To see or not to see? That's the question.

Hamlet really is a narcissistic ass. I'm not talking about his famous, almost play-long dithering about whether or not he should kill the uncle who murdered his father and married his mother — and if so, when and how, and what it says about his character that he's unable to do it, and on and on and on. I'm talking about the fact that he destroys Ophelia (yeah, yeah, he loves her as well — he's just tormented. I get it. But she ends up every bit as destroyed as if he hadn't loved her); kills her father and then makes ugly jokes about the body; reveals to his mother a hysterical revulsion toward sex that would do a Republican politician proud; sends two university chums to their deaths on very ambiguous evidence that they've betrayed him; interrupts Ophelia's burial to rant about how much more he loved her than did her brother, Laertes; and expresses utter bewilderment at Laertes's subsequent anger. This essential nastiness is only somewhat excused by the fact that he's in pain, but it is obscured, in most productions, by Hamlet's wit, energy and brilliance, as well as his extraordinarily expressive and inventive language.

I think the reason I particularly noted Hamlet's character flaws in this Colorado Shakespeare Festival production of Hamlet is that Stephen Weitz gives the prince a stronger and more forceful persona than I'm used to. His Hamlet is less melancholy and poetic and far more a man of action — frequently violent action. As a result, you tend to think of him as also more responsible for the havoc he creates. Weitz is a striking figure, really good with the funny, ironic dialogue, and able to deliver most of the famous monologues and speeches with a power and clarity that make them live — I particularly noticed "Oh, what a rogue and peasant slave am I?," and when he spoke to Rosencrantz and Guildenstern about "this most excellent canopy, the air, look you, this brave o'erhanging firmament, this majestical roof fretted with golden fire," I actually found myself gazing upward at the night sky and moving clouds above the open-air theater.

There are other performances that make this old chestnut somewhat new. Sam Sandoe's Polonius seems an elegant English gentleman rather than a befuddled old goat, and the melodious precision with which he delivers his bromides makes them sound oddly incisive, and often very funny. Jamie Ann Romero is a charming and vital Ophelia, though I was looking for something a little deeper in the mad scenes, particularly the first one. Horatio is usually one of those strong, honest, stoic Englishmen, but — aided by a long ponytail and wearing what looks like a bathrobe — Timothy Orr plays him as a rather timid slacker. You can imagine him and Hamlet blowing dope together in their dorm, though maybe this iron Hamlet goes for something stronger.

But there are also a number of miscastings and missteps in Philip C. Sneed's production. Claudius should be a formidable opponent, but Dennis Elkins is so light on his feet and almost childish in the role that you wonder why Hamlet couldn't just huff and puff and blow his kingdom away. Sneed has chosen to make Rosencrantz a woman (Karyn Casl); the production implies that Hamlet once had an affair with her, and she's not over it. This adds a piece of context to Hamlet's love for Ophelia: Here's one of these guys who's happy to dally with an emancipated fellow student but can only really love a shy, well-born lass at court. (Unlike England's Prince Charles, who, wedded to a real fairy-tale princess, longed for horsey, worldly-wise Camilla. I must say, I liked him for it.) The unexpected Hamlet-Rosencrantz flirtation does leave poor Guildenstern somewhat out in the cold, which might be why Matt Mueller, one of the festival's most reliably interesting actors, appears unusually subdued in the role. It doesn't help that his costume consists of a velvet doublet over blue jeans — one of a few sartorial flubs in the production. Hamlet has a distracting skull on his black T-shirt. And the Ghost is clad in such a wide and chunky suit of armor, with so many pieces of stuff dangling from it, that he looks like a walking wall. According to the program notes, Sneed decided to set the action in "a nonspecific time and place in order to cross social and cultural boundaries" — a concept that works quite nicely for the set — and to have the costumes illustrate character traits rather than a specific time period, which turns out to be more confusing than enlightening.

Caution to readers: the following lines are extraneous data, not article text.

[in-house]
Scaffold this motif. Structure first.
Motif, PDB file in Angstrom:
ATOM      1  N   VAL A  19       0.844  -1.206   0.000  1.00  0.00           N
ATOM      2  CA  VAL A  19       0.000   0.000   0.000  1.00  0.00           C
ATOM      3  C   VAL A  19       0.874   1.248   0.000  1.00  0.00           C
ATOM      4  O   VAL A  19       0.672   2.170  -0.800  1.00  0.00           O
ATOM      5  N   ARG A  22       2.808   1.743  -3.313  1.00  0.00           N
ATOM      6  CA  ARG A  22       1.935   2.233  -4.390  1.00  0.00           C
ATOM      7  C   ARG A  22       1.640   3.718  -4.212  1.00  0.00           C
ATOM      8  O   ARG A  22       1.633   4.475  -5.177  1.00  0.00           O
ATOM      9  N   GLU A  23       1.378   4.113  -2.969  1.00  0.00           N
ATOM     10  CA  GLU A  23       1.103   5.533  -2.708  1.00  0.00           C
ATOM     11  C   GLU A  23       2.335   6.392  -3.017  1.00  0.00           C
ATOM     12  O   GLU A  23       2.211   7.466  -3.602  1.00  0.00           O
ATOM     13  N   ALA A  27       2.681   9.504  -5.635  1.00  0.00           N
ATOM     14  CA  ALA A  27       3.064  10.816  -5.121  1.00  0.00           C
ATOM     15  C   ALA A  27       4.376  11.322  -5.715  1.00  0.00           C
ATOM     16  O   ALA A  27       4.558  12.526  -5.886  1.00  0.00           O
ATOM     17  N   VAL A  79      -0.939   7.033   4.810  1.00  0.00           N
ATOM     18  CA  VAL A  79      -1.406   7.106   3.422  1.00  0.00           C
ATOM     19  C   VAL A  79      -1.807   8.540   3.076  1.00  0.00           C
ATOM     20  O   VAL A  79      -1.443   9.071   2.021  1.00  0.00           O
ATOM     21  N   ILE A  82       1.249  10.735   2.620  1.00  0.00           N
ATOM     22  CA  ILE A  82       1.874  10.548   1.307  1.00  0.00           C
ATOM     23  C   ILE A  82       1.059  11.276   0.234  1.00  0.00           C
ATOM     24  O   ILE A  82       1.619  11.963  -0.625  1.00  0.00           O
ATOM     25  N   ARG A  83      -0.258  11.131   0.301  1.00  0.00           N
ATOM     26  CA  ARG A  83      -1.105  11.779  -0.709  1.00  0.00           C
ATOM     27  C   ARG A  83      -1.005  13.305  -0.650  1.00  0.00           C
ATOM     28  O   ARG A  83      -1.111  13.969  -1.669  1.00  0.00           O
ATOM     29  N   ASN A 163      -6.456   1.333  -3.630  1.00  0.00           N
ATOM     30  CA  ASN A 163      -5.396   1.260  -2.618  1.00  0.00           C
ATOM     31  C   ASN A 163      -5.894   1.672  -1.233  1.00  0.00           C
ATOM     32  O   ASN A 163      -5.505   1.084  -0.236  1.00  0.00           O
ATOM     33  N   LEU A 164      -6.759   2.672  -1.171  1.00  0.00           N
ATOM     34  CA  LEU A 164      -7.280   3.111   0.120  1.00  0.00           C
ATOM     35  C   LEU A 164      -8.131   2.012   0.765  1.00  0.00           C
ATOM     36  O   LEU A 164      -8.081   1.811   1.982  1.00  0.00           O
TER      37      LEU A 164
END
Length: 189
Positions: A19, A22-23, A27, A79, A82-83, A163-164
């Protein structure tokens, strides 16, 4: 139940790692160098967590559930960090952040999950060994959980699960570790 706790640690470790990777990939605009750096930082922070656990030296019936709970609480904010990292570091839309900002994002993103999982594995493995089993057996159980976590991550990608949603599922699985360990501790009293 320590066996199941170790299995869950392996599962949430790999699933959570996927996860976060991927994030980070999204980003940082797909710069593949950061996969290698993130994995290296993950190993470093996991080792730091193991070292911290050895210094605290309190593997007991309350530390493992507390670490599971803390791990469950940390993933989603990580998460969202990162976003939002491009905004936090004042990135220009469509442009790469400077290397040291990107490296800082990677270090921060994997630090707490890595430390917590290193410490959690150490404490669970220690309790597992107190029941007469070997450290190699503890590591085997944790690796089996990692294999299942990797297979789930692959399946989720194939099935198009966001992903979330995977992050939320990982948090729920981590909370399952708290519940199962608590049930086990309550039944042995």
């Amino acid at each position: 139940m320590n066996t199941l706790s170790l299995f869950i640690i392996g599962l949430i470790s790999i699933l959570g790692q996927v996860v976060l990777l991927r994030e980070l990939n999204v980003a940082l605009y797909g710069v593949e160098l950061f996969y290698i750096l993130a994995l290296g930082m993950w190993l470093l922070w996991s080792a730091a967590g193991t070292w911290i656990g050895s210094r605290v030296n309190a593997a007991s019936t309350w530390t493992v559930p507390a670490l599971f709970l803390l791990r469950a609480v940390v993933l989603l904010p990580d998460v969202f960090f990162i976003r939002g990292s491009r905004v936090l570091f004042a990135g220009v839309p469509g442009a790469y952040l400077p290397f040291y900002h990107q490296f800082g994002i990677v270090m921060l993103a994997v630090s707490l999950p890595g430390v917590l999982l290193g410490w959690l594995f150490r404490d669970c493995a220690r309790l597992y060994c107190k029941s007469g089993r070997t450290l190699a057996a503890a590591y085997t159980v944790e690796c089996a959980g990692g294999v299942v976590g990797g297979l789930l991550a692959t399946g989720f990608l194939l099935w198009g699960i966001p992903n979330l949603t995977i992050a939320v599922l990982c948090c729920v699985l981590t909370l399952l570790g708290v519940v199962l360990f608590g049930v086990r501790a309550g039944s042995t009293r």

Despite Weitz's Hamlet, the production gets progressively less interesting and specific as it rises toward its climax. By the time the Queen was staggering around in her death throes and Hamlet and Laertes were using their dying breaths to forgive each other, I'd pretty much tuned out.

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Juliet Wittman is an investigative reporter and critic with a passion for theater, literature, social justice and food. She has reviewed theater for Westword for over a decade; for many years, she also reviewed memoirs for the Washington Post. She has won several journalism awards and published essays and short stories in literary magazines. Her novel, Stocker's Kitchen, can be obtained at select local bookstores and on Amazon.
Contact: Juliet Wittman